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The ins and outs of neutering

Advice from our Vet team about surgically neutering your dog or cat.
Written by Mayhew team
Updated 2 months ago

What is neutering?

Neutering (also known as spaying, snipping, castrating or desexing) is the surgical removal of reproductive organs. In male dogs and cats the testicles are removed, and in females the ovaries and the womb are removed. All neutering is performed under general anaesthetic and most animals recover quickly and are back to their normal selves within ten days.

Scientific evidence for neutering can be very complicated as there are so many factors (e.g. age, breed, size of animal) which can affect the results. The age at which a cat or dog is neutered will be based on individual circumstances.

At Mayhew we advocate neutering from nine weeks old for cats and 12 weeks old for dogs. Evidence shows that kittens have quicker recoveries and early neutering prevents chances of unwanted litters. Many people do not realise that their pets can breed from such a young age, and breeding can even occur between siblings.

Surgical neutering is the only way to ensure permanent infertility. Hormonal treatments are available for temporary cessation of fertility. Such treatments can be expensive but are used in certain cases.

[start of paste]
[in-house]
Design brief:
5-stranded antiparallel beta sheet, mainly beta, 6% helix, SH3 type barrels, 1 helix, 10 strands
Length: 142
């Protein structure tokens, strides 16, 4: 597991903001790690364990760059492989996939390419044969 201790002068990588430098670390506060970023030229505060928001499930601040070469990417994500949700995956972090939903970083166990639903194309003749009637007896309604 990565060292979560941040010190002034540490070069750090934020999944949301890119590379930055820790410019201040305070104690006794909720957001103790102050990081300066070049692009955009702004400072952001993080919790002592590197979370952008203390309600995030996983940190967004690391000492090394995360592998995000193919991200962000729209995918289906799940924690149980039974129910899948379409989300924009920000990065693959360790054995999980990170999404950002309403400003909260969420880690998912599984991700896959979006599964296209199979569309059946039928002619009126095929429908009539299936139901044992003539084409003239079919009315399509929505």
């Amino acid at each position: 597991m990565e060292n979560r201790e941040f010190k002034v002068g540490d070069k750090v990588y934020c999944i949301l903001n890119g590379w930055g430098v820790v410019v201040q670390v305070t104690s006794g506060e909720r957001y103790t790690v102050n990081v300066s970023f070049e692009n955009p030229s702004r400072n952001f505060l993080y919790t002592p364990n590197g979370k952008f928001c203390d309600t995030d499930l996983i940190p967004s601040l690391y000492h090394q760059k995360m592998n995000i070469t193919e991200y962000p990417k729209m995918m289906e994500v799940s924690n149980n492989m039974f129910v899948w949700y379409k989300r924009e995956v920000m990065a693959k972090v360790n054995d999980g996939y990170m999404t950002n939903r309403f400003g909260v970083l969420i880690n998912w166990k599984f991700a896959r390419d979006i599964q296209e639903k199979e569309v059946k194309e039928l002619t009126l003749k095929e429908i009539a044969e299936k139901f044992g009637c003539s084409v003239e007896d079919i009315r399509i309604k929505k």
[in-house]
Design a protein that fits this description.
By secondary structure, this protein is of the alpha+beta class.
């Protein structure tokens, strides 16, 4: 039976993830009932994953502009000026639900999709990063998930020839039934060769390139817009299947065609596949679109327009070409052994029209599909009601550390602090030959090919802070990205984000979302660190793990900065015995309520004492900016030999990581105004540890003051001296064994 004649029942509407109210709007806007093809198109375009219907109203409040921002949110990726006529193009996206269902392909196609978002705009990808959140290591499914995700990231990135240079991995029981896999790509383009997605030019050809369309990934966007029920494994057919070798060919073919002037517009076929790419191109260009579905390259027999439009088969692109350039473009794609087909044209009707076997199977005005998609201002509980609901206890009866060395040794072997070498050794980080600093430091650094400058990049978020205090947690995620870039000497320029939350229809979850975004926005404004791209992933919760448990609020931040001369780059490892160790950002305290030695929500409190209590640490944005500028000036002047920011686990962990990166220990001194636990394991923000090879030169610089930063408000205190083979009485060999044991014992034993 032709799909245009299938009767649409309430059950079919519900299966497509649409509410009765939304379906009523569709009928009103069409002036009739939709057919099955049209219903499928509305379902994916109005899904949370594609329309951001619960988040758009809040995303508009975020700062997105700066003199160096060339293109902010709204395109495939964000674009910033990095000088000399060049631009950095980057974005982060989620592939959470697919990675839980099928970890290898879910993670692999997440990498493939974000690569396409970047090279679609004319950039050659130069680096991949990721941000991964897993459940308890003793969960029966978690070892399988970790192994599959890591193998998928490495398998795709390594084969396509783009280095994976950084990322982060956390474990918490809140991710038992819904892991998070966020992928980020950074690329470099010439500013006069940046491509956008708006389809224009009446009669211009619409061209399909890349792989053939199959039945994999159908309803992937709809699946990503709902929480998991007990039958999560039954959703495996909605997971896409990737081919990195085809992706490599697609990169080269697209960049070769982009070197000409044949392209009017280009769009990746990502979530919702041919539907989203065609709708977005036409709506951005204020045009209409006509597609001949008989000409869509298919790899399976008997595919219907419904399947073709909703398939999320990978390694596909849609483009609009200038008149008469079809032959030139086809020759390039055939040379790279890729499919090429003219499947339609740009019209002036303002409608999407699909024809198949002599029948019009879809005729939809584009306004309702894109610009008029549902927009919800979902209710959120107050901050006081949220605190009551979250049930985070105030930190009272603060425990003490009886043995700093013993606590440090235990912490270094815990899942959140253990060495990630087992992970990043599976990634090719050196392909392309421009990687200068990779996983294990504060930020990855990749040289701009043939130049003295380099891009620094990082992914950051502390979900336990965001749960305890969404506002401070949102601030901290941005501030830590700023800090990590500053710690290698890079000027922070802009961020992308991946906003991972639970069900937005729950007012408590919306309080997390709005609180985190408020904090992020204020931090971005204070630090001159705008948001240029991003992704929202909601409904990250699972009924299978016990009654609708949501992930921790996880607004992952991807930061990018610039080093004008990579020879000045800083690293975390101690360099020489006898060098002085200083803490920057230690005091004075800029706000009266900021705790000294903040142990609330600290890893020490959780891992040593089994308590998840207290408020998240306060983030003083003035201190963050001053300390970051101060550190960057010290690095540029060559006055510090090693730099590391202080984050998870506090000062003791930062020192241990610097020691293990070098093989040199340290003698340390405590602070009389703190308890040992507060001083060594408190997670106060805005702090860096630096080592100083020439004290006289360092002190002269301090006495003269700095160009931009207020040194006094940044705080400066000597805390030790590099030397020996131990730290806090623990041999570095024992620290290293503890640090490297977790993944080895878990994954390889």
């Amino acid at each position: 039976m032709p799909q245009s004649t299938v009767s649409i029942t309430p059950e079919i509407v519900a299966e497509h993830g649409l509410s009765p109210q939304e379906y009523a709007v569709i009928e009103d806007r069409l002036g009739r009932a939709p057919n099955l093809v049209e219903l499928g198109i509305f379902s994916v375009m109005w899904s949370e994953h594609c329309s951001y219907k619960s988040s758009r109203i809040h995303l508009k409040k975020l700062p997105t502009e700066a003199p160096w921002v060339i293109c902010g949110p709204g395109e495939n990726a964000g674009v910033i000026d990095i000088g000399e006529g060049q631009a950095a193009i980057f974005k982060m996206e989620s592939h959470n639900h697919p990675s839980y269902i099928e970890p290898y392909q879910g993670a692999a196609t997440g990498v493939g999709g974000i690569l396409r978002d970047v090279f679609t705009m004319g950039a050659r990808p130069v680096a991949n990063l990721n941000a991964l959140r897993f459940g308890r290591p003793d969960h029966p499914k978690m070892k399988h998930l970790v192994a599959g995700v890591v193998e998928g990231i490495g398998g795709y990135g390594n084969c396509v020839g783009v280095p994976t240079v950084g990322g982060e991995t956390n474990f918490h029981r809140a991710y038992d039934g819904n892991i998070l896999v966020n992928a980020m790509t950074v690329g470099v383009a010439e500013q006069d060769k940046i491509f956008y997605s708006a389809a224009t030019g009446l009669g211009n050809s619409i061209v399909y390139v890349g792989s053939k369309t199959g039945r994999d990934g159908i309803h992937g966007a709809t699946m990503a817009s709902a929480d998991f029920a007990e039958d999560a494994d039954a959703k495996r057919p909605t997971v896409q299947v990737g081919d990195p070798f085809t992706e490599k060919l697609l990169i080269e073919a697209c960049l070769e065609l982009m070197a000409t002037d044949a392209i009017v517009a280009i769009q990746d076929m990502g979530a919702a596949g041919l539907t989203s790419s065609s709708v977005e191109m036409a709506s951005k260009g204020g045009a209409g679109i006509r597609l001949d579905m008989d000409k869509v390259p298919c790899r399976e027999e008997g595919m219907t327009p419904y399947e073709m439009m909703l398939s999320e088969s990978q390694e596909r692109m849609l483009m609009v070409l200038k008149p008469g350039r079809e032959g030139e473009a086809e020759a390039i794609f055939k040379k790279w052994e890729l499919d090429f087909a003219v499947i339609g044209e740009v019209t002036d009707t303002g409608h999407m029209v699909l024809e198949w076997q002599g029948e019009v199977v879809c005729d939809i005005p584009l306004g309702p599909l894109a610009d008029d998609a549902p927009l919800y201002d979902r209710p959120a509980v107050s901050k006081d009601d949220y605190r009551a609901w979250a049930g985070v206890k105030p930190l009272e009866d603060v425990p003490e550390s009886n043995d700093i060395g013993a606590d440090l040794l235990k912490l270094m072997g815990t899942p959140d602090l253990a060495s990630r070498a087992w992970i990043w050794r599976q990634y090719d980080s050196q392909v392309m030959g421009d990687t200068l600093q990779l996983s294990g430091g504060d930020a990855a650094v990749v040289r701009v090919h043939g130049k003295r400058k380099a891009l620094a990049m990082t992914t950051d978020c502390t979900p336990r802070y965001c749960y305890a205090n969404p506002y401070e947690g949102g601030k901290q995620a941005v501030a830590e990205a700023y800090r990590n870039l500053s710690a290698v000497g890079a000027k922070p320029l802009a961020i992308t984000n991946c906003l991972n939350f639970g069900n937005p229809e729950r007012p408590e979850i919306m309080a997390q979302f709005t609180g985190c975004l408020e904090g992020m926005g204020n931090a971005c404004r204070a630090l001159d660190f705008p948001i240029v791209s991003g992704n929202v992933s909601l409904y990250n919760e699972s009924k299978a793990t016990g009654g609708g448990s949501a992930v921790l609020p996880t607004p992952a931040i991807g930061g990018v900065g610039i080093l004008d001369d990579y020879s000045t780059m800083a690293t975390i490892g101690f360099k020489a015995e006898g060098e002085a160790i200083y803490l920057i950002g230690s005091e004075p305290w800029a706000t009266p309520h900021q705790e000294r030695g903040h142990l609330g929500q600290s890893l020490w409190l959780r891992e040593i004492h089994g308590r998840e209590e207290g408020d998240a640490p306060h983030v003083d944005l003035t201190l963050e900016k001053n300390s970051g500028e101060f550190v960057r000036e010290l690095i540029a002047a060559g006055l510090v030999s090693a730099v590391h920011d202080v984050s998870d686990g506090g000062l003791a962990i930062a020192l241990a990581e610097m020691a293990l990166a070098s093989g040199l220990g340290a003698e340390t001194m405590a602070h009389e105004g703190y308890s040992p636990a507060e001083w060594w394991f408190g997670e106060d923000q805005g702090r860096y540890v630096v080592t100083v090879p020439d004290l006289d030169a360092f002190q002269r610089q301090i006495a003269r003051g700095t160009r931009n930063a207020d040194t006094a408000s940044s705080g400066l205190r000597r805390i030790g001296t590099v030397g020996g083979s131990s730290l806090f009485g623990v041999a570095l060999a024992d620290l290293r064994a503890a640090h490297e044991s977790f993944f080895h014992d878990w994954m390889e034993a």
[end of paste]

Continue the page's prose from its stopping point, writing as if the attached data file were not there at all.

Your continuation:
Neutering should be considered an essential part of responsible pet ownership.

Neutering your dog

Female dogs (bitches) generally have their first season (period) at around six months old, although this can vary between breeds. They usually have a season every six months from then on, and can only get pregnant around this time. Seasons can be messy and are often associated with some unpleasant behavioural and medical changes (e.g. false pregnancies).

Neutering female dogs has many benefits, including:

  • The prevention of unwanted litters
  • Stops infections and emergencies, such as pyometra (womb infection)
  • Some evidence shows neutering can reduce the likelihood of certain cancers (mammary)
  • Prevents seasons

In females, neutering involves the removal of the ovaries and womb through a small hole in the abdomen. The operation takes 20-40 minutes. At Mayhew, we recommend neutering before the first season, from 12 weeks of age. If a bitch has just had a season or a litter, she will need to wait until eight weeks after this to be neutered.